• Posted: Apr 18, 2010 13:41:53
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For anyone who understands probabilities, it's hard to imagine the attraction gambling has for so many. For almost always, the probability of winning is minuscule compared to the probability of losing. That's just the way the numbers work out. There's nothing supernatural about it, karma or no karma, dumb luck or no luck. The only thing that could alter that very reliable fact is something amiss with the mechanisms underlying the generation of probable outcomes. In other words, if the game is fixed. Yet, even if people suspect a game could be rigged, they will play. Clearly, some aspect of human psychology beyond ignorance and unclear thinking is providing motivation and rationale. But what is that aspect of human psychology?
Everyday life is full of uncertainty. The phenomenal world behaves according to perceivable rules. But few, if any of us, completely understand those rules, much less seem capable of keeping track of or predicting the consequences of how those rules might interact, intersect, or just plain collide with our own aspirations. Certainty eludes us. But then a comparatively simple game comes along, possibly even a rigged game. Do we want to play? Very often we do. But why?
For one thing, even though the odds of winning are long, there are two things about playing that are quite certain: one, someone will win, and two, there is certainty to the thrill of challenge and anticipation. And in the case of a state sponsored lottery, even if we lose, the state wins. And the state is us. Hence, it's possible our taxes won't increase.
Yes, yes, but that hardly explains the myriad of stories people tell themselves while contemplating engaging in or actually playing games of chance.
No, it doesn't. There obviously is more. People love a mystery, especially a relatively benign one. And they love to play detective. A friend puts it this way, "There are many things that happen that are not explainable by rational thought. ... anyone who lives from pure rational thought is missing out on an entire body of intelligence that is part of our existence. You can deny and ignore it, but it doesn't mean it doesn't exist."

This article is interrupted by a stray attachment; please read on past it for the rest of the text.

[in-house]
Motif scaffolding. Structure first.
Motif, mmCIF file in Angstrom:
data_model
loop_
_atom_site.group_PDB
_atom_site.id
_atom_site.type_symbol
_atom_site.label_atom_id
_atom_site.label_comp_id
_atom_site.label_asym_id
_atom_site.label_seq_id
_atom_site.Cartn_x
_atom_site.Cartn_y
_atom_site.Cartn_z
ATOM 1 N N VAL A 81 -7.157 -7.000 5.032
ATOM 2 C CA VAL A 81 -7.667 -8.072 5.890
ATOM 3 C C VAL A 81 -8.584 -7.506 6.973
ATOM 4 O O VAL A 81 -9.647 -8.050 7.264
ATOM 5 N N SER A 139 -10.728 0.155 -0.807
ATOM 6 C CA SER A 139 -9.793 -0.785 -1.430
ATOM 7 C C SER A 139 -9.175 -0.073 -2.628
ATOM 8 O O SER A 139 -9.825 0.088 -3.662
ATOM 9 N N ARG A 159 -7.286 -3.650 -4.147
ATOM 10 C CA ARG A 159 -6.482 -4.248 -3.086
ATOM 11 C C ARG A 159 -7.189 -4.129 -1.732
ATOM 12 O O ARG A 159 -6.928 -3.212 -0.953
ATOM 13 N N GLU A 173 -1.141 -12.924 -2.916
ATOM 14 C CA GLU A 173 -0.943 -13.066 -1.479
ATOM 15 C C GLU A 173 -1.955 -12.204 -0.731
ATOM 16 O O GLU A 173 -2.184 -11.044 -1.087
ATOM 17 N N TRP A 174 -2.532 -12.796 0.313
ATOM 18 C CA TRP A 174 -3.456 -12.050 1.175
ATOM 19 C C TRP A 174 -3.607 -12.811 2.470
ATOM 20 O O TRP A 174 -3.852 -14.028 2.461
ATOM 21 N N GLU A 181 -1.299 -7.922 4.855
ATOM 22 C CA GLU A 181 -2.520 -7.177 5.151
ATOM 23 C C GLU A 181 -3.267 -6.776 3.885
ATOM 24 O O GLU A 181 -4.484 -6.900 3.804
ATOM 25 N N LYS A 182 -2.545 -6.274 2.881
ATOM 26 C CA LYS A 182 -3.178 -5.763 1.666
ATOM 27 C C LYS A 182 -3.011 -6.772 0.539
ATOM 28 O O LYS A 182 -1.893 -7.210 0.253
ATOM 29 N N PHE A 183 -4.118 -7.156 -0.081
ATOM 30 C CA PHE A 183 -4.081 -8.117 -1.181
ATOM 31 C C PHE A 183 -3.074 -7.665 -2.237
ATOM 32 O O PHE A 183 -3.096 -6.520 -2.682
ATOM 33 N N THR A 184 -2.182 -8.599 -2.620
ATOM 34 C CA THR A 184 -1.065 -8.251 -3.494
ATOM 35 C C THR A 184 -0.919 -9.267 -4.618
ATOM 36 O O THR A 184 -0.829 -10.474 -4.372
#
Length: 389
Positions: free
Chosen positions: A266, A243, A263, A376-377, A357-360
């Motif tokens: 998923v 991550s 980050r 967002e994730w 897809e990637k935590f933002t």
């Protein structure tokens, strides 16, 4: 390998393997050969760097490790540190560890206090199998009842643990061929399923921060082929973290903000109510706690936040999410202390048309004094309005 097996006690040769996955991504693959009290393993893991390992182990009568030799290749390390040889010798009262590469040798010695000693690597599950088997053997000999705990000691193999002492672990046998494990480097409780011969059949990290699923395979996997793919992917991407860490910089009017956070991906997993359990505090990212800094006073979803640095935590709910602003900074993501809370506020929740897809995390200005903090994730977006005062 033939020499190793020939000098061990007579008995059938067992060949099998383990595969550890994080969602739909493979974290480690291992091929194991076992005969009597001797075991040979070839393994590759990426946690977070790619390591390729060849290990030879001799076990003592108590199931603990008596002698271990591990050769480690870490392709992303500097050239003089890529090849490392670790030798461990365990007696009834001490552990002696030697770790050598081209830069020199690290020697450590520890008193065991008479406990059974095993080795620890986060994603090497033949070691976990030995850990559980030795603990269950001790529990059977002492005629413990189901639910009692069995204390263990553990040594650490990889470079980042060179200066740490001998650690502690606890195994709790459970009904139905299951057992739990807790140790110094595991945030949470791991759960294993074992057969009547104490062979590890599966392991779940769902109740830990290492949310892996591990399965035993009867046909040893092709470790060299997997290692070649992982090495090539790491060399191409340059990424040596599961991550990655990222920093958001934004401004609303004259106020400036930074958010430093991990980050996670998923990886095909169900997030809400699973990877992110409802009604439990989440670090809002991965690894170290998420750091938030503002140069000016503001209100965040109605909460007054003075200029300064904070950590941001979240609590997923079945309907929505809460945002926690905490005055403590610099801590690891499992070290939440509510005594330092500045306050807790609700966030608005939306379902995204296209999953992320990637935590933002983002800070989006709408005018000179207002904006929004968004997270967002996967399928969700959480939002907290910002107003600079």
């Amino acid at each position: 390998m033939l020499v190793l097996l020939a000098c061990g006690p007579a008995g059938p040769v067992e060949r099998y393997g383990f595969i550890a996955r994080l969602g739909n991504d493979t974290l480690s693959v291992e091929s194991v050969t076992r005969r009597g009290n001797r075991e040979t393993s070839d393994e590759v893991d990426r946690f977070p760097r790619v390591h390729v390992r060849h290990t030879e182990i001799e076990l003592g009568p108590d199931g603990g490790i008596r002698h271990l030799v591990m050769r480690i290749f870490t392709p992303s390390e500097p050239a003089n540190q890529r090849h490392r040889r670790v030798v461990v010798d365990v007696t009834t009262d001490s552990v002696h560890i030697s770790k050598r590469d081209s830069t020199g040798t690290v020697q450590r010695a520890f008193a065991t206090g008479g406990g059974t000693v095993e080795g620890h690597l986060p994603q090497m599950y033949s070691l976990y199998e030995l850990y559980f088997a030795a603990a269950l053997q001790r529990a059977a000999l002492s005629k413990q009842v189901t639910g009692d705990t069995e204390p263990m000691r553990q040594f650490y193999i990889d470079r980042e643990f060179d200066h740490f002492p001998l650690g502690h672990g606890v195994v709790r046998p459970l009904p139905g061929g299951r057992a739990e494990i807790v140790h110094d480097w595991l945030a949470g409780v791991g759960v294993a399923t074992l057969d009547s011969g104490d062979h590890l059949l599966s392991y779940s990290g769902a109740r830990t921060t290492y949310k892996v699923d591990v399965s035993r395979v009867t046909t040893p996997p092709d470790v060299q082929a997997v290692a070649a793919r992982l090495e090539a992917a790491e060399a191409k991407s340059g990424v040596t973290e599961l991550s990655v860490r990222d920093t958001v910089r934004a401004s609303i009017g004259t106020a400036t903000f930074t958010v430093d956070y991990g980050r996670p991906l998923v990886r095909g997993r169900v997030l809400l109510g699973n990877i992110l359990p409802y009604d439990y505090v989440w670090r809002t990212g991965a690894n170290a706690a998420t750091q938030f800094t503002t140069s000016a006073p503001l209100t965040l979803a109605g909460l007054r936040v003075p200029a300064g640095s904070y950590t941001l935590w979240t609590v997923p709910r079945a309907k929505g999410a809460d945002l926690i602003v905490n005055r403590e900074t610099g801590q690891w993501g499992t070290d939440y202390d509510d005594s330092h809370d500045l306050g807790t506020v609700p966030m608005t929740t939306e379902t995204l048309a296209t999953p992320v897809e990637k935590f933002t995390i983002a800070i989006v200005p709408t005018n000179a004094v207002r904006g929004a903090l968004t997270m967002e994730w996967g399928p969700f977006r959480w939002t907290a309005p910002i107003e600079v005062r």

That's a premise many people seem willing to accept, at least for parts of their day. Whenever enjoying fiction, for instance. Writers call it "suspension of disbelief". Their works fail to sell if that quality has not been achieved. But what quality of mind prompts people to so willingly deny the world behaves in a manner that is at base utterly and coldly rational? And by "rational", I mean obeying laws whose connection and operation can be understood by a rigorously reasoning mind, as in the realm of mathematics.
Evidence of experience is what many will point to when they try to explain why they find themselves willing to believe in a non-rational world. One psychologically recovering middle aged guy, in my acquaintance, points to a time in his life when his wife had just left him, he'd lost his job and was about to lose his house, and he found himself down on his knees in his living room balling like a baby. As he tells it, that's when a "beautiful Angel" appeared to him, "floating right above him through the ceiling", and said to him "everything will be OK".
Silly? Not to that guy, I assure you.
Research into how the human brain operates is on going and not all the answers are in, but what seems to happen is that a great deal of what we experience in conscious thought has undergone a significant amount of preprocessing in areas of the brain that are not directly accessible to consciousness. Many of us have found ourselves wakened by a sound that was in fact part of our dream, or perhaps found ourselves dreaming about peeing before we realized we needed to pee. In the case of the sound, we have to ask how did our dream know about the sound before we heard it? And similarly, we can ask how did the dream know we had to pee before we knew we had to pee? The answer to both questions is that parts of our brain did hear the sound, or sense we had to pee, and later informed the parts of our brain that formulate dreams which later informed parts of our consciousness that prompt us to respond to things like unexpected sounds and needing to pee. The timing may seem irrational or even supernatural, but it is in fact neither irrational nor supernatural.
So, how does that explain the Angel sighting? It doesn't, not exactly. But brain mechanisms responsible for dreams and hallucinations often activated during times of extreme stress, when the body is scavenging for any idea that could help, would seem to be implicated.
In response to my quoted friend above, and others who might buy into that line of reasoning, the fact that we do not yet fully and rationally understand things we may have experienced does not mean that such an explanation isn't waiting for us to discover. Denying rationality may for a time be amusing, and for some comforting to feelings of inadequacy, but it is not a viable road to useable and empowering wisdom no matter how many offerings are made to the gods of irrationality.
Thursday, April 2nd, 2009
39.3 mm 186 mm